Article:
Medical Educator Pathway

The Medical Educator Pathway is designed for residents interested in becoming clinician educators. The curriculum is aimed at developing resident skills related to giving effective educational presentations and teaching clinical reasoning, while simultaneously guiding residents towards implementing educational initiatives on campus and producing scholarly work.

The pathway is directed by Dr. Robert C Lowe, an award winning medical educator. Dr. Lowe uses the literature on medical education and learning theory to guide practical discussions and workshops for the residents. He also selects other dedicated faculty who provide expertise in areas such as mentoring, providing feedback, and highlighting career paths for clinician educators to speak with the residents throughout the year.

Opportunities available to residents include teaching medical students in classroom settings and on the wards, developing curriculum used by the residency program, and being observed while presenting clinical cases followed by receiving feedback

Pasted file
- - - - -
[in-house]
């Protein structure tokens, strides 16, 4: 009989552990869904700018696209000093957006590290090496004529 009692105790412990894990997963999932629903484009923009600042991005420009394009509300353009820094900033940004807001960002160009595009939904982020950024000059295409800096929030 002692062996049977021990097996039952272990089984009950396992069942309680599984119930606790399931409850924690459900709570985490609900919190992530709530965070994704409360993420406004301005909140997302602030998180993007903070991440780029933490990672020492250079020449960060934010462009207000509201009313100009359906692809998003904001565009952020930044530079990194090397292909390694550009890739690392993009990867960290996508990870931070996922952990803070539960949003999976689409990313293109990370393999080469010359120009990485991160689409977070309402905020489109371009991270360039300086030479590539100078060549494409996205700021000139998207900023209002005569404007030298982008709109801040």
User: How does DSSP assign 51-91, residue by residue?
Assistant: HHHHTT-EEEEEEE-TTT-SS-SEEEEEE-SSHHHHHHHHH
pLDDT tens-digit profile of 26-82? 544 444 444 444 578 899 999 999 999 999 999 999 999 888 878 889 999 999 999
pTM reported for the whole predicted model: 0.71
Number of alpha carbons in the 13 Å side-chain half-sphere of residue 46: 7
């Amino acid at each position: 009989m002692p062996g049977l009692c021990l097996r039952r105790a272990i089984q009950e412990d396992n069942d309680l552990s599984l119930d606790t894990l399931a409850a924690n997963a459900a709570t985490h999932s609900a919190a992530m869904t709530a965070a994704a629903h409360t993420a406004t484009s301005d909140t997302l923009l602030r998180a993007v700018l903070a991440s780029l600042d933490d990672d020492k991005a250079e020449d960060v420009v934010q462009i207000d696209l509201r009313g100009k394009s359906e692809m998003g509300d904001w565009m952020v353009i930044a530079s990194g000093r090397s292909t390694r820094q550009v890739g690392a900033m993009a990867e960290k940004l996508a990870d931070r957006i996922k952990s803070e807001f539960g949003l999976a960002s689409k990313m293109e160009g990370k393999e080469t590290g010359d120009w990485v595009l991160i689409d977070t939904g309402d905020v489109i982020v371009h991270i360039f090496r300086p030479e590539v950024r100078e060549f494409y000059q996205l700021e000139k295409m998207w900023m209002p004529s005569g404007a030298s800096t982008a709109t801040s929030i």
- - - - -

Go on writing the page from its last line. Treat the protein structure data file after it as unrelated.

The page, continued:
Current MedEd Projects

  • Development of the Boston Medical Center Resident Initiated Guide to Discussing Goals and Expectations (BRIDGE) document, a guideline to help residents properly orient interns and medical students at the beginning of an inpatient rotation, with a focus on effective communication and regular feedback.
  •  Drafting the Second Year Medical Student Cardiology Class Syllabus, which previously used only a commercial textbook.
  • Developing a pilot program on mentoring MD/PhD Students prior to the transition from their research years to the beginning of their clinical rotations.
  • Initiation of a point-of care ultrasound elective based on internal medicine resident needs and the American College of Chest Physicians’ Statement on Competency in Critical Care Ultrasonography. The ultrasound course improved resident knowledge immediately and 6 months after the course. Results were presented at the 2015 CHEST conference in Montreal, Canada. This project was conducted with the guidance of Dr. Frank Schembri, a member of our pulmonology/critical care faculty and an expert in critical care ultrasonography. This extremely popular course is the basis for teaching ultrasound to pulmonary and critical care fellows at Boston Medical Center.